Last month, I blogged about a webinar on embedded systems development presented by Agnisys CEO and founder Anupam Bakshi. I liked the way that he linked their various tools into a common flow that spans hardware, software, design, verification, validation, and documentation. Initially I was rather focused on the design aspects of the flow, noting how the Agnisys solution can assemble a complete system-on-chip (SoC) design and generate RTL code for registers, bus interfaces, and a library of IP blocks. But I was also intrigued by the amount of verification automation in the flow, and so I asked Anupam to fill me in some of the details. He agreed to do so, suggesting that we first look at the big picture and defer the details of which specific tools generate which specific verification models and tests. That made good sense to me.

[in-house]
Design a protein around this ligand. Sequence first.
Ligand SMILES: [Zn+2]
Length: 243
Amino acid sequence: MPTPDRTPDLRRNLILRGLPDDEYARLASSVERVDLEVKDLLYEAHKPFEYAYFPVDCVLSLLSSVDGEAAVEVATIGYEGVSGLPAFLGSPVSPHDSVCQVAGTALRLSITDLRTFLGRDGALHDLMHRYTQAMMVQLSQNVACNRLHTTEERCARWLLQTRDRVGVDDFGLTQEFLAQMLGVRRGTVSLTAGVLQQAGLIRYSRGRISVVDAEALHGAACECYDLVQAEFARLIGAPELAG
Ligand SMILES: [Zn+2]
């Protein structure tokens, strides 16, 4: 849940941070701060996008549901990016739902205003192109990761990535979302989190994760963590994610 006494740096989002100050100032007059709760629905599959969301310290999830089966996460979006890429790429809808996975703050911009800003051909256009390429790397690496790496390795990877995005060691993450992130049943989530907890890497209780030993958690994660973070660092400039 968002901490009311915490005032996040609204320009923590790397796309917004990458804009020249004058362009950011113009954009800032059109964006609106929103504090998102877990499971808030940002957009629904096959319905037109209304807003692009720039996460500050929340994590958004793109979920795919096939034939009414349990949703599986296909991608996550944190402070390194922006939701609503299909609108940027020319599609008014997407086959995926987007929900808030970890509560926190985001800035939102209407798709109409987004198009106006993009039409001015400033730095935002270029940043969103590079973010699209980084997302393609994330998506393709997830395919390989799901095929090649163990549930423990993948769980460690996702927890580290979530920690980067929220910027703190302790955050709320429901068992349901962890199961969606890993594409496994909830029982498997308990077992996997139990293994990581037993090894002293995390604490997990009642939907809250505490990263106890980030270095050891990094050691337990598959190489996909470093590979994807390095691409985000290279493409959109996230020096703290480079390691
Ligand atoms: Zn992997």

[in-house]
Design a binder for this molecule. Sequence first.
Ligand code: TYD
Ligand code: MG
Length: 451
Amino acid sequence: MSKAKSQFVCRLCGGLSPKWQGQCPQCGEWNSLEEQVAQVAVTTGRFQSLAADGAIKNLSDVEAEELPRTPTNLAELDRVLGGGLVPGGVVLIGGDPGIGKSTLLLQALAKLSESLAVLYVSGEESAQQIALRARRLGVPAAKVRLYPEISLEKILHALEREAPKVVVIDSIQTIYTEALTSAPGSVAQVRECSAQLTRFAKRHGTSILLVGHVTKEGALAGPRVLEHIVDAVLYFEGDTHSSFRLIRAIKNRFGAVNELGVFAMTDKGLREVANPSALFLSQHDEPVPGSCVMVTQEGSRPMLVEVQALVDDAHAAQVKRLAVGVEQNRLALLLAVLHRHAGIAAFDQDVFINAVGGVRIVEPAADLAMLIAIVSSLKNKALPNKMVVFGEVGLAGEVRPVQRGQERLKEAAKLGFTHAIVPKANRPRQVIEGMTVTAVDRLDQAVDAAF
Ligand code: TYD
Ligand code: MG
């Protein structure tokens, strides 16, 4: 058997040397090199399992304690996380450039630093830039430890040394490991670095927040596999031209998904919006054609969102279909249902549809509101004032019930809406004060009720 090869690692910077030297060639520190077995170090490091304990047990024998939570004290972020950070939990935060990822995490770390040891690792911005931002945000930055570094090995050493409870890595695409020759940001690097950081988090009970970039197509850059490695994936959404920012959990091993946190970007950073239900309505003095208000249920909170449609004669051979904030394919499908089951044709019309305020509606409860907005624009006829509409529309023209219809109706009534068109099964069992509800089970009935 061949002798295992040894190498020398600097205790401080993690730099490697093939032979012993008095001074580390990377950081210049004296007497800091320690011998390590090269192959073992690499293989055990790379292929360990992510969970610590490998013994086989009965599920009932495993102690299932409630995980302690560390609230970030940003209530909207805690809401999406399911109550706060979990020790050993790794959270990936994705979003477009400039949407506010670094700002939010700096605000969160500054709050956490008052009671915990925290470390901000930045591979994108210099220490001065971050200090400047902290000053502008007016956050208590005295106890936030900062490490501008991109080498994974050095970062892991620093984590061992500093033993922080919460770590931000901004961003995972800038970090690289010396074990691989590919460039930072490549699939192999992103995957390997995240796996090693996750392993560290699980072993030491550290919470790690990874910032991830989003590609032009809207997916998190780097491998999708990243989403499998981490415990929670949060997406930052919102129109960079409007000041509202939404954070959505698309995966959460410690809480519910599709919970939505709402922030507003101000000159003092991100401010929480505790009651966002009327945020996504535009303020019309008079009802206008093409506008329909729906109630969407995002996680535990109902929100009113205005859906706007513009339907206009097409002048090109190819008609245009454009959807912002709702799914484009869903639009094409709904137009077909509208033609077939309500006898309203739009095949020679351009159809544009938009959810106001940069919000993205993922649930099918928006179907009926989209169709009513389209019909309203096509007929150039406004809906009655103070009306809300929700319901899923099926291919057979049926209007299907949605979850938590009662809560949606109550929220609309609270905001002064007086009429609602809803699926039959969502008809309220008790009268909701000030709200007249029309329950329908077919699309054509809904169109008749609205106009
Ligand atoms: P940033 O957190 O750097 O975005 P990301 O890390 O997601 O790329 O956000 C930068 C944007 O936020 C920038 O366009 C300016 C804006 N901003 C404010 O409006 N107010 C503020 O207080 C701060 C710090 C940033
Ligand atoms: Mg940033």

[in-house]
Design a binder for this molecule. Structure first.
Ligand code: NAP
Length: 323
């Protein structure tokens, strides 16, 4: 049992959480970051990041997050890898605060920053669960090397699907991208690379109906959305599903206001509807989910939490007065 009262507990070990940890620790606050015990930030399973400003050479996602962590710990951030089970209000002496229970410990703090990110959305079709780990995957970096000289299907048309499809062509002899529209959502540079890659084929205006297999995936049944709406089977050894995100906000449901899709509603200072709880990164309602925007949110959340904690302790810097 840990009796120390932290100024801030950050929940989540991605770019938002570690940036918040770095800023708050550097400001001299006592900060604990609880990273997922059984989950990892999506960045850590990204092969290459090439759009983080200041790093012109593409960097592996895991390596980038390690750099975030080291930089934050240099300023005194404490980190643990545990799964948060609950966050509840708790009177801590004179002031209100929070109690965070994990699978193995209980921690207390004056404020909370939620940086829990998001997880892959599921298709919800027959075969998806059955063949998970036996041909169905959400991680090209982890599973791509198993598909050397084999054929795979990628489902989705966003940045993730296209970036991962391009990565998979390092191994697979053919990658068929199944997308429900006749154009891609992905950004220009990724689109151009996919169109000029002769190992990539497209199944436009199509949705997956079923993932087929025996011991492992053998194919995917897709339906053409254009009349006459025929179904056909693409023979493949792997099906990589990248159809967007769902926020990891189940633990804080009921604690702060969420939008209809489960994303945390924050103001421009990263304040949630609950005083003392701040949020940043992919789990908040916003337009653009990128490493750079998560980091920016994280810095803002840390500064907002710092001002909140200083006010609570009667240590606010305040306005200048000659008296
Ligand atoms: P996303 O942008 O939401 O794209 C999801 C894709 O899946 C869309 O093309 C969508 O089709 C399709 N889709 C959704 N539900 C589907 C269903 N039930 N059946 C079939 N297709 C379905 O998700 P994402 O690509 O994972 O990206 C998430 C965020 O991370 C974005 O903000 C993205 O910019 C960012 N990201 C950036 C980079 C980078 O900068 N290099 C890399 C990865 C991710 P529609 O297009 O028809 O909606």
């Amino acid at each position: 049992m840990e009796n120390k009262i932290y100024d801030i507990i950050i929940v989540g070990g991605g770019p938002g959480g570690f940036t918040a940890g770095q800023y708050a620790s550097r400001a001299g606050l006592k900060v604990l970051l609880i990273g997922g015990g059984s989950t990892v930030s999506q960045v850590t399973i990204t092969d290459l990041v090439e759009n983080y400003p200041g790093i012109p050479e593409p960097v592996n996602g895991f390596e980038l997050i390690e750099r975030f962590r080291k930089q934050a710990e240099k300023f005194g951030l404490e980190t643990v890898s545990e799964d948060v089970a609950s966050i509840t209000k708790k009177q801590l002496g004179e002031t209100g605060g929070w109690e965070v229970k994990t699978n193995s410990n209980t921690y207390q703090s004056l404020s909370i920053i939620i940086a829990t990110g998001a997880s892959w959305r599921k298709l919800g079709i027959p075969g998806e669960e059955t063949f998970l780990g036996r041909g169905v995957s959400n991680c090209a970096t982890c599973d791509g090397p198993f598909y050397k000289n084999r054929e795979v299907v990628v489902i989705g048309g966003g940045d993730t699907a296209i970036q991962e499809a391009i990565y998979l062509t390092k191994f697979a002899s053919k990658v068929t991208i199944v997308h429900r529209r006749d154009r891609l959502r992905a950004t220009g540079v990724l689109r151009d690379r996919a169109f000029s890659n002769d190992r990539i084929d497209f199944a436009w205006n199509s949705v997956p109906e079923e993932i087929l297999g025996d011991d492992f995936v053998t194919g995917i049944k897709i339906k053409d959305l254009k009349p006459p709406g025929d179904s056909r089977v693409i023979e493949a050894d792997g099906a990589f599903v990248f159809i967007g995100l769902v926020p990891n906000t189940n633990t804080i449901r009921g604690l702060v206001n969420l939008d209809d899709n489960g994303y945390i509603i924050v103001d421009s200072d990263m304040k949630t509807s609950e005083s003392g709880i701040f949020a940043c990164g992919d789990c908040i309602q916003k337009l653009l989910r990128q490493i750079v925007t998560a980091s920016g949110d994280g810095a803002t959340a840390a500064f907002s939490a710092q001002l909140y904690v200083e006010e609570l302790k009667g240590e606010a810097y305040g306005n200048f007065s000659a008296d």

From the verification viewpoint, the Agnisys flow generates UVM testbench models, UVM-based test sequences that can configure, program, and verify various parts of the design, and C-based tests that can do the same. Of course, the UVM tests run in simulation, but the C tests are more flexible. They can run in simulation on a CPU model, RTL or behavioral, along with the RTL design. They can also run as “bare metal” tests in an emulator, an FPGA prototype, and even the final chip. Thus, the generated tests range from RTL simulation to hardware-software co-simulation to full system validation. In fact, the Agnisys flow even generates formats that can be used to create chip production tests on automatic test equipment (ATE).